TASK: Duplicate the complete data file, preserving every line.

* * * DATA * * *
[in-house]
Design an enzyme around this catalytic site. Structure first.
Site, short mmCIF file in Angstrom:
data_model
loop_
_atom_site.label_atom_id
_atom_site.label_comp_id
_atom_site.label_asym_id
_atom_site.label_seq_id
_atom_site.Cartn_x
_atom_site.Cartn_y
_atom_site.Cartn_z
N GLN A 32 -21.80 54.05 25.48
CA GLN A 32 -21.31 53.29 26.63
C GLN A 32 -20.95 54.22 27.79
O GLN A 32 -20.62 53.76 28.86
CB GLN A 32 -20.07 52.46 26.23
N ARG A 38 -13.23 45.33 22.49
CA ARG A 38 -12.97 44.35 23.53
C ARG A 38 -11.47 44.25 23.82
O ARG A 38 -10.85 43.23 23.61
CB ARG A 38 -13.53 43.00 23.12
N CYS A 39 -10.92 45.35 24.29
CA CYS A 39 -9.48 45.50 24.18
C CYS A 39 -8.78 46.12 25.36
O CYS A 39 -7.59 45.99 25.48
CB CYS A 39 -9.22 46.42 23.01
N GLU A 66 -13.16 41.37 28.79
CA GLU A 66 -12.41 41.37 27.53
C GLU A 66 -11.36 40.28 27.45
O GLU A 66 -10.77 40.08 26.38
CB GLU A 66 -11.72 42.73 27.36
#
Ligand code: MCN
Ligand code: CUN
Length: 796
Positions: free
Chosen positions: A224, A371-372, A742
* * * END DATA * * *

[in-house]
Design an enzyme around this catalytic site. Structure first.
Site, short mmCIF file in Angstrom:
data_model
loop_
_atom_site.label_atom_id
_atom_site.label_comp_id
_atom_site.label_asym_id
_atom_site.label_seq_id
_atom_site.Cartn_x
_atom_site.Cartn_y
_atom_site.Cartn_z
N GLN A 32 -21.80 54.05 25.48
CA GLN A 32 -21.31 53.29 26.63
C GLN A 32 -20.95 54.22 27.79
O GLN A 32 -20.62 53.76 28.86
CB GLN A 32 -20.07 52.46 26.23
N ARG A 38 -13.23 45.33 22.49
CA ARG A 38 -12.97 44.35 23.53
C ARG A 38 -11.47 44.25 23.82
O ARG A 38 -10.85 43.23 23.61
CB ARG A 38 -13.53 43.00 23.12
N CYS A 39 -10.92 45.35 24.29
CA CYS A 39 -9.48 45.50 24.18
C CYS A 39 -8.78 46.12 25.36
O CYS A 39 -7.59 45.99 25.48
CB CYS A 39 -9.22 46.42 23.01
N GLU A 66 -13.16 41.37 28.79
CA GLU A 66 -12.41 41.37 27.53
C GLU A 66 -11.36 40.28 27.45
O GLU A 66 -10.77 40.08 26.38
CB GLU A 66 -11.72 42.73 27.36
#
Ligand code: MCN
Ligand code: CUN
Length: 796
Positions: free
Chosen positions: A224, A371-372, A742